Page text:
The Rest of the Story

On June 25th, I ran an entry based on the Packer Bulletin for the upcoming Packers-Cardinals game scheduled for October 11, 1931, with comments from Cardinals’ Coach Leroy Andrew who was in town scouting the Packers. Since then, I interviewed Andrew’s surviving son Dal for a book I am currently researching (working title: Pioneer Coaches of Pro Football: Inventing the Profession in the Days of Leather Helmets and 60-Minute Men), and he relayed the following story that his father would tell about that scouting trip and the fervor of Packer fans.

That trip I heard about many times as a youngster. Dad would be talking to someone, getting acquainted, and pro football [would be brought up.] The question would come up: How can the Packers survive in such a small town? Dad would respond that it’s the degree of support, and he related it to that October of 1931. The Cardinals did not have a game that weekend, so Dad, consistent with being the scout as well as recruiter and so on, bought a round trip train ticket Chicago to Green Bay, went up, walked across the bridge. I don’t know if you’re familiar with the layout of Green Bay, but at that time [the train station] was just less than a half mile apart [from City Stadium].

He was scouting the team and he felt he had a good set of notes. He was really looking forward to getting back and cashing in on the notes as the crowd was walking out. He said, “Like a fool, instead of putting them in my pocket, I was sorting them out, getting them in sequence and so on when all of a sudden, somebody bumped me from the left side a little bit harder than he needed to. I turned around to look at him. With that, a hand went between my hands and grabbed all the notes.”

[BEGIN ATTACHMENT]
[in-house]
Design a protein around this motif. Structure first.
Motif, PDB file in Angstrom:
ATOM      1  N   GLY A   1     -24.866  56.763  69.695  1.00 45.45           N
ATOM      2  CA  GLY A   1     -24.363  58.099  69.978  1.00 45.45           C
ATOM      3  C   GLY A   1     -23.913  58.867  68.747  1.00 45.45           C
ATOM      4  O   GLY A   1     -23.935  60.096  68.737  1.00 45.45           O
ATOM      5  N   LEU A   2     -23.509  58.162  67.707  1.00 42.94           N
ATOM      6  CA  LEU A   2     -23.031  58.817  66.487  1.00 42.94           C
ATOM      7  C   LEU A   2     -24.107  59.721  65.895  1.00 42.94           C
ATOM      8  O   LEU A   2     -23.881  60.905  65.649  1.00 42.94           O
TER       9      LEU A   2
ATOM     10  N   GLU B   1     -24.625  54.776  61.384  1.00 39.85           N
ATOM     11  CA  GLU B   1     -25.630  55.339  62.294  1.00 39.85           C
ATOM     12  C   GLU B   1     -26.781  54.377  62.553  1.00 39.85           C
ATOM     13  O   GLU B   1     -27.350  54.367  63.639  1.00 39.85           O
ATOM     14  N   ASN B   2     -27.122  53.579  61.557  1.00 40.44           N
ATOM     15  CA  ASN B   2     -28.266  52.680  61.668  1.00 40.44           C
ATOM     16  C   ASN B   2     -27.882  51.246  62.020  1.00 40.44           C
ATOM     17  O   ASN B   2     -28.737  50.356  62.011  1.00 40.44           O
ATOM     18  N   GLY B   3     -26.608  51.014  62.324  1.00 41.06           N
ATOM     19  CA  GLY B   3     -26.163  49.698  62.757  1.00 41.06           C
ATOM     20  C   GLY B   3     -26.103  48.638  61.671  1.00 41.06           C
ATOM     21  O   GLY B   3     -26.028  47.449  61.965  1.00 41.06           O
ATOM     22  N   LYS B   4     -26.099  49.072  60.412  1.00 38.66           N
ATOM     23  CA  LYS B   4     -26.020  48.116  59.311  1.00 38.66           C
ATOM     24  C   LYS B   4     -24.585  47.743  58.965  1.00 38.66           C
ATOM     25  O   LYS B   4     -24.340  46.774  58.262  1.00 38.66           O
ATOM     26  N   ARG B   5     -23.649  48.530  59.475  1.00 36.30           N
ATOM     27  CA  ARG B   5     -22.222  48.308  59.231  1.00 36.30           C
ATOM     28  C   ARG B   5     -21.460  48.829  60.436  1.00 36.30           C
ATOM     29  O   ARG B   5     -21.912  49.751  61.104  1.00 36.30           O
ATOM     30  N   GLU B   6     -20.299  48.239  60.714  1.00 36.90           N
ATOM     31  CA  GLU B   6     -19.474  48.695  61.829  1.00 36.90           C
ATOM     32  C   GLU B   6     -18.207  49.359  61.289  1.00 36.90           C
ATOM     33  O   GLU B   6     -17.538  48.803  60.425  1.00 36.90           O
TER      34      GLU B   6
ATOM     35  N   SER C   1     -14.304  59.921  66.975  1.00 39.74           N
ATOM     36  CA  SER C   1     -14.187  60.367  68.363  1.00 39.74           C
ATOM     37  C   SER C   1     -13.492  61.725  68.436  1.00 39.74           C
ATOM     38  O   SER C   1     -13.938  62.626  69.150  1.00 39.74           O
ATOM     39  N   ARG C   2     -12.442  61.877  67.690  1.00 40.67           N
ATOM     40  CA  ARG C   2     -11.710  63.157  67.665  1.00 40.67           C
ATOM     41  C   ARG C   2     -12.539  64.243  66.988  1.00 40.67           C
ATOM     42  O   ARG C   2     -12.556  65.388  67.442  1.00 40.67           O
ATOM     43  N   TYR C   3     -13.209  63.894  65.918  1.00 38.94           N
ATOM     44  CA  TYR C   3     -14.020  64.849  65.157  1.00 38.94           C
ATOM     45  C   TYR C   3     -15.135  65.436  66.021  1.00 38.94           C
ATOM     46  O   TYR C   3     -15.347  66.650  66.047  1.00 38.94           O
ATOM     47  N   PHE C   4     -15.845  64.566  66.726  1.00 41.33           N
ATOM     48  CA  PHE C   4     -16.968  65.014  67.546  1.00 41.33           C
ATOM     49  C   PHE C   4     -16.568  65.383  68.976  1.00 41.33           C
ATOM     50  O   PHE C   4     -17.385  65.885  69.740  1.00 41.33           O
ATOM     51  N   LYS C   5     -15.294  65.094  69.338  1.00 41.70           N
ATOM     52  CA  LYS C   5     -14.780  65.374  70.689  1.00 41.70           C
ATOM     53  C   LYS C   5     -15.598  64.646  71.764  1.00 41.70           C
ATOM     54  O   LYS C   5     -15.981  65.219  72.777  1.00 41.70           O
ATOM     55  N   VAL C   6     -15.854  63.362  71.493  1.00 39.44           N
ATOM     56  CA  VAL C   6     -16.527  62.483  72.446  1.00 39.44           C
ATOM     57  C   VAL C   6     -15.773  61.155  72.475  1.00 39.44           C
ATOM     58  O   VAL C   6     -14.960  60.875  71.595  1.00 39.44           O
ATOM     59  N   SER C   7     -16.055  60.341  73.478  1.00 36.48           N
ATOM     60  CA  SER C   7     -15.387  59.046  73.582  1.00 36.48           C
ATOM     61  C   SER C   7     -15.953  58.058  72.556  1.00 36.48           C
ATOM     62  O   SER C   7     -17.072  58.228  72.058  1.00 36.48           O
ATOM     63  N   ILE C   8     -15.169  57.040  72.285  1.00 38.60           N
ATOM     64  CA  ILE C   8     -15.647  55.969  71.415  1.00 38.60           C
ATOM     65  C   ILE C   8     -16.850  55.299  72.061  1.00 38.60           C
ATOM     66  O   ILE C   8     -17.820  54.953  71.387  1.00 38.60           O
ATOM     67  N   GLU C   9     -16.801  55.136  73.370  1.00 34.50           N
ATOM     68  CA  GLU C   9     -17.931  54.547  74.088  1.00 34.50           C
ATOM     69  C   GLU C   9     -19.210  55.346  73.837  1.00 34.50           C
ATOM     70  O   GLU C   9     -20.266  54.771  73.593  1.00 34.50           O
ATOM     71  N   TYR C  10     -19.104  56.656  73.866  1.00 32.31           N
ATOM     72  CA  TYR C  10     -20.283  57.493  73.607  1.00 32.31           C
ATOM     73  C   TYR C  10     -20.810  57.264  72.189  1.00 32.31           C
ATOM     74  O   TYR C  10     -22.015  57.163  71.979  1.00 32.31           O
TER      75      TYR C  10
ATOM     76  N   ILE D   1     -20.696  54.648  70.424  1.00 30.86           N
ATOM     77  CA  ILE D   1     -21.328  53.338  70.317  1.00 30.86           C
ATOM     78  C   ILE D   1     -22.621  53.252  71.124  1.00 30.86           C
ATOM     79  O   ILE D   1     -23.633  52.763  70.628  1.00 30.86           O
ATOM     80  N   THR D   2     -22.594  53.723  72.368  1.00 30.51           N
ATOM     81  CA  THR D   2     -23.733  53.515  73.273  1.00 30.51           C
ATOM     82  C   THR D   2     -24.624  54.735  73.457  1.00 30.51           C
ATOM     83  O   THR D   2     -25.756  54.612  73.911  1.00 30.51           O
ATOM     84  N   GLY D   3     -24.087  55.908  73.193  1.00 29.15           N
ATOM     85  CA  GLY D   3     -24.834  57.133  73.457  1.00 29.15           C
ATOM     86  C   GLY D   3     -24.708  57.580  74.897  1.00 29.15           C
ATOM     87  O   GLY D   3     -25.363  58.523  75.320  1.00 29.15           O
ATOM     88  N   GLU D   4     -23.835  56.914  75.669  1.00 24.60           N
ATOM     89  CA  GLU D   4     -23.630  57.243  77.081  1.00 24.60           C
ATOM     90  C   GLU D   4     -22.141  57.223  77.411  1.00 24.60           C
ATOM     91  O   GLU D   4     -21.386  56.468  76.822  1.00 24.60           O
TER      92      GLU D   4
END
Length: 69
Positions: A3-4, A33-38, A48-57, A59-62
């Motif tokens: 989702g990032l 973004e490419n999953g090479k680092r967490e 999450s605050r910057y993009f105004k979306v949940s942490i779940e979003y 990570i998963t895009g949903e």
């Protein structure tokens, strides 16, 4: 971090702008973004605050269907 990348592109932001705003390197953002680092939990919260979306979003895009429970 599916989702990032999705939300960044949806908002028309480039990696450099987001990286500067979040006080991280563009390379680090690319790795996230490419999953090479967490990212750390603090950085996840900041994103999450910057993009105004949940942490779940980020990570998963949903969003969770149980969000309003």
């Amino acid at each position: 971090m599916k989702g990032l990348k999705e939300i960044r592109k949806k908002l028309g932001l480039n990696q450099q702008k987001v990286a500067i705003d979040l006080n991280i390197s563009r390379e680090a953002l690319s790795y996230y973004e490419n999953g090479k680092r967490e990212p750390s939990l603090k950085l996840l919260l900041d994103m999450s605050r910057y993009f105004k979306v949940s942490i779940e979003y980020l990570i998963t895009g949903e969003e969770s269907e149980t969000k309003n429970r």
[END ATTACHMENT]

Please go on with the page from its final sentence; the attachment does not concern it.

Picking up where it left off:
Dad turned back to go after him and instantly six of Green Bay’s biggest locals were right between him and this 13- or 14-year-old kid who was going under the fence that was conveniently held up by two more locals, and the kid with Dad’s notes was up and over the hill. Dad took one step in his direction, recognized how many people were between them, and he stopped and looked at the people. An elderly gentleman around him said, “It’s just as well they’re gone, mister. We weren’t about to let you out of town with them.” Packer fans had picked up on him and had been watching him apparently for some time and with a coordinated effort did not let the scouting notes get out of town.

When asked what happened at that point, Leroy responded: ”What could I do? I stopped at the cigar store on the way back to the train station, picked up a pad of paper, went and took a seat in the back row of the train car and started regenerating the notes as best I could from memory” Thanks to Dal “Andy” Andrew for filling me in on the rest of the story.


Custom card of 1931 Packers’ team.


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